Interpreting responses. If you collect detailed, qualitative information on your management performance, you are likely to receive a large volume of information. These responses may vary significantly in usefulness. Impressions may be, at times, unfocused, contradictory, or unclearly written. To navigate this, and draw useful conclusions from the responses, try jotting down what the recurring themes are, or summarizing the overall content of each response after you have read it (Vaughn & Turner, 2016).
After you have reviewed qualitative feedback and made notes on what people have shared with you, examine the resulting information for prevailing, common observations. Focus on ideas that appear over and over again, as well as repeated words. Do employees describe you as friendly or warm? Do they provide numerous examples of times when you ignored their concerns? Are their critiques backed up with concrete evidence, or are they vague? Do concerns have to do with your management decisions, or with broader organizational strategies?
The overall trends in the data will be more helpful than the content of individual responses are. Make sure, as well, to compare and contrast these findings with more statistically-based pieces of information. Triangulation and verification of conclusions is key – if the numerical data is consistent with survey feedback, both are probably meaningful. For example, if employee performance is on the decline, absenteeism is on the rise, and employees are telling you they do not feel “inspired”, you have a sign that a problem is present, and that it could be positively impacted by a more uplifting management style. Your conclusions won’t always been so clear-cut, but they should always be rooted in the data and your global impressions.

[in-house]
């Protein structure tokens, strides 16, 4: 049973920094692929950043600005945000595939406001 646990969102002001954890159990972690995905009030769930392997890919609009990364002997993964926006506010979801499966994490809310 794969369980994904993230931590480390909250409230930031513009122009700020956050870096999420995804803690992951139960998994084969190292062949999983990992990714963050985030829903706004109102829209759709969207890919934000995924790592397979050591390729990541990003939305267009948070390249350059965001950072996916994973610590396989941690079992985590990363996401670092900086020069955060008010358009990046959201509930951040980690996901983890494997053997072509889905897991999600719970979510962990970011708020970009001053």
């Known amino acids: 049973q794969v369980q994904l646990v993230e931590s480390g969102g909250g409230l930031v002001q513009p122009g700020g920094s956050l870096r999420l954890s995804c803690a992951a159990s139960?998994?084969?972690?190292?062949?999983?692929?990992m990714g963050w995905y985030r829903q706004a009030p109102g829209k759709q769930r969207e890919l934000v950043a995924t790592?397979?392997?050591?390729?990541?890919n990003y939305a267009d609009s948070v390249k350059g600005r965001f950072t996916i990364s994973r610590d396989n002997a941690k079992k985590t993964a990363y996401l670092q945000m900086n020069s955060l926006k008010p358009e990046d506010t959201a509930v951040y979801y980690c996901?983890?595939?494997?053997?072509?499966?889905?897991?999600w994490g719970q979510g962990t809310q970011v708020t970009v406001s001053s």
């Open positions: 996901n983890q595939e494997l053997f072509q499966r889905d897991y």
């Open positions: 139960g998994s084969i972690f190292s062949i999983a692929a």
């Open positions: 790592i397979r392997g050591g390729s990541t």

Employee performance can be used as a valuable indicator of manager performance
Effective managers have employees who perform well across a variety of time points and situations
Manager performance can also be evaluated through indirect means, such as examining employee satisfaction, absenteeism, or even theft of supplies
Qualitative measures of manager performance, such as interviews and surveys, can be interpreted for prevailing themes and used to back up more data-based conclusions
Triangulation of data is key: if performance statistics, indirect measures, and interviews all point toward similar conclusions, they are likely to be correct
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Erika Price is a social psychologist, writer, and statistical and methodological consultant based in Chicago, Illinois, USA. Erika's research has focused on the psychology of political tolerance and open-mindedness. In addition to conducting experimental and survey-based research on these topics, Erika helps clients use methodological and data analytic tools to answer pressing questions that challenge their organization.